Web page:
The scene: Today, as an Atlanta-based firm, we are grateful that our employee-owners and their families and friends are safe. The collapsed portion of I-85, one of the city’s and South’s major North-South arteries, miraculously resulted in zero injuries.
We now turn our attention to the aftermath. The inconveniences and traffic continue to mount – having a significant impact on the city’s basic ability to commute to work, home, school, childcare, and for many, long awaited and well-earned Spring Break trips.
In this age, when we as individuals and organizations are faced with unexpected events such as these, we take pause to consider what it means for employers and their employees.
The path forward: How will the city’s organizations communicate and empathize with their employees in the aftermath of this event? As with any moment in time of an employee’s experience, we advocate for organizations to keep empathy at the core of their decision-making and actions to ensure employees feel valued, respected and supported. Here’s how:
Because each organization and event is unique and there isn’t any one healing silver bullet, begin by asking yourself…
- If we stand in the shoes of our employees, what kind of impact will this event have on their daily lives?
- For those impacted, have we provided them the autonomy to take part in a flexible work arrangement or to telecommute, without judgement?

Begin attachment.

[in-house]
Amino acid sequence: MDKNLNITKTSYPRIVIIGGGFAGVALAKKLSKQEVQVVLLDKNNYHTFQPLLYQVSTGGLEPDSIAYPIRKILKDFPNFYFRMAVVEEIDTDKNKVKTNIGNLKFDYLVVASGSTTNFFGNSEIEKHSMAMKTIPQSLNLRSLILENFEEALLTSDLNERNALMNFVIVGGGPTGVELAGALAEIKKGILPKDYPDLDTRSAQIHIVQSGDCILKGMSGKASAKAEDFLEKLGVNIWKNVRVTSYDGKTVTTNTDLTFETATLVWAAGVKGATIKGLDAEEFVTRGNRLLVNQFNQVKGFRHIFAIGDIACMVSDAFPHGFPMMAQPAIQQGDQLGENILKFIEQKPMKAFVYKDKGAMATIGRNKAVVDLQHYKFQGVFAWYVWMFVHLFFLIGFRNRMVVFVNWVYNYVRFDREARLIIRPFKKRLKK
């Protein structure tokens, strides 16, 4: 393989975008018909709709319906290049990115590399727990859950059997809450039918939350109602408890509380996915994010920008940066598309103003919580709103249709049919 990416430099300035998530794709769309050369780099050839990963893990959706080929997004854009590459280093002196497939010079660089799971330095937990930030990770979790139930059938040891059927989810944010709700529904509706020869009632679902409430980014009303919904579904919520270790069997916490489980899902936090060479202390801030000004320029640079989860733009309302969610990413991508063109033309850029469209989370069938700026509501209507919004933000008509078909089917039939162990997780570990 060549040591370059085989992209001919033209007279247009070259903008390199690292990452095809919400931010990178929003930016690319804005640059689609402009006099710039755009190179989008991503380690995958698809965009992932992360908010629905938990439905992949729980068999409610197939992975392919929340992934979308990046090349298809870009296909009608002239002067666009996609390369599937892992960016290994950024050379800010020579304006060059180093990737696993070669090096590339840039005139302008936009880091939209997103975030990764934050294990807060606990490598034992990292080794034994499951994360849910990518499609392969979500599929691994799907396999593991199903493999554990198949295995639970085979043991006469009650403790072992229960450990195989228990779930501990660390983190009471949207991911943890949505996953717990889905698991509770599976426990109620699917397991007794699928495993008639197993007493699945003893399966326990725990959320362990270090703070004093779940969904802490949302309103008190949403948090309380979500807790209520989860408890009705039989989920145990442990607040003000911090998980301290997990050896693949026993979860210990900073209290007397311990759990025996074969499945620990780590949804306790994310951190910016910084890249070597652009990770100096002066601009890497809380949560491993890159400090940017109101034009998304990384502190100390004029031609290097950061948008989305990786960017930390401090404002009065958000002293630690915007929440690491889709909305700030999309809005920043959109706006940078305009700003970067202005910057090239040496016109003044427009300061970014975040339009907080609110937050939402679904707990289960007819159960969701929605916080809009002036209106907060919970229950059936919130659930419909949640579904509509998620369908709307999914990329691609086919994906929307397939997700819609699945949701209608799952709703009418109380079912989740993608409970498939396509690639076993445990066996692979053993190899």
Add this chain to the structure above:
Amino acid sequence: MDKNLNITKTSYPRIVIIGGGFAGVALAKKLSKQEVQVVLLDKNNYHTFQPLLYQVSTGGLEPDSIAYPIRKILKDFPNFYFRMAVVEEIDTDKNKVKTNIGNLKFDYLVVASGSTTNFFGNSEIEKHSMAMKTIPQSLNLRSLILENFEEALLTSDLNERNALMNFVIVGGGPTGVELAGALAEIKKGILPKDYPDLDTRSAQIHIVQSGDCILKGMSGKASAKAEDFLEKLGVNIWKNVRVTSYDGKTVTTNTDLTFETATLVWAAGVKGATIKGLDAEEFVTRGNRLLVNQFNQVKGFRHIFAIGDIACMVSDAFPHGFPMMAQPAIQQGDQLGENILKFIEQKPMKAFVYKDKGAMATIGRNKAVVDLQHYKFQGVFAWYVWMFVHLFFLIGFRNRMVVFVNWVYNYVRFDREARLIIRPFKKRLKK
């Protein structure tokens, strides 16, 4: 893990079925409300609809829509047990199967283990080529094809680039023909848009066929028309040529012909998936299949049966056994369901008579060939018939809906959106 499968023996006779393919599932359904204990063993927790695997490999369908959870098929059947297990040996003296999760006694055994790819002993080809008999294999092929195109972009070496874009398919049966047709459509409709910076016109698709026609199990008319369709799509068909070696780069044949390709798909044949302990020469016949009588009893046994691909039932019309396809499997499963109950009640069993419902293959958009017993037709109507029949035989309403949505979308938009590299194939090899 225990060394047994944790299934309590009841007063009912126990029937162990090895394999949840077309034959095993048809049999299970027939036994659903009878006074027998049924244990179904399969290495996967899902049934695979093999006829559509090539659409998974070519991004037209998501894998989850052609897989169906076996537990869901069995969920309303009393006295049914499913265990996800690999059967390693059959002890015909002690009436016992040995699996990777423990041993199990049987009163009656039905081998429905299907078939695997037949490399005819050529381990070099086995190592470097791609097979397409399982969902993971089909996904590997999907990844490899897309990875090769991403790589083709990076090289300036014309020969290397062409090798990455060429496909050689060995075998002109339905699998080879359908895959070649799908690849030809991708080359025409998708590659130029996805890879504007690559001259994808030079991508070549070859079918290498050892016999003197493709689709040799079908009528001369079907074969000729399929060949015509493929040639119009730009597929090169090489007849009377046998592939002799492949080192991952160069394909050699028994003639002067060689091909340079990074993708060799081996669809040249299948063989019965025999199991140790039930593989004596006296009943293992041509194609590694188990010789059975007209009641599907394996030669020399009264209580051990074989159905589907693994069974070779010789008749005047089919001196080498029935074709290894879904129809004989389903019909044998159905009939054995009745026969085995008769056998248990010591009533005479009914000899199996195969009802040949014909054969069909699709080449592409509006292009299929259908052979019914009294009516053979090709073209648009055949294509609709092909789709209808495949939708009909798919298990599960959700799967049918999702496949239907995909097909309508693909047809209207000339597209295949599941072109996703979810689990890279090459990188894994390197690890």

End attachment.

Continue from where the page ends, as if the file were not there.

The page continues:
- How can we quickly stand up flexible, remote work arrangements and policies to support our employees during this time?
- How can we ensure employees feel empowered to make the right decisions about their needs and unexpected inconveniences as the highest priority during this time?
- What actions can we take now and longer term to be better prepared to alleviate the hardship of such events on our employees?
How organizations react in crises speaks volumes to their authenticity and ability to truly empathize with their employees. Empathy is an integral part of designing and delivering a compelling employee experience. When exercised effectively, especially during trying times, it can serve to strengthen the relationship between an employee and employer and foster lasting engagement and advocacy.
With grateful hearts and the knowledge that hindsight is 20/20 perhaps this week’s events help us refocus on our ability to empathize with one another, as family, friends, neighbors, colleagues, and employers.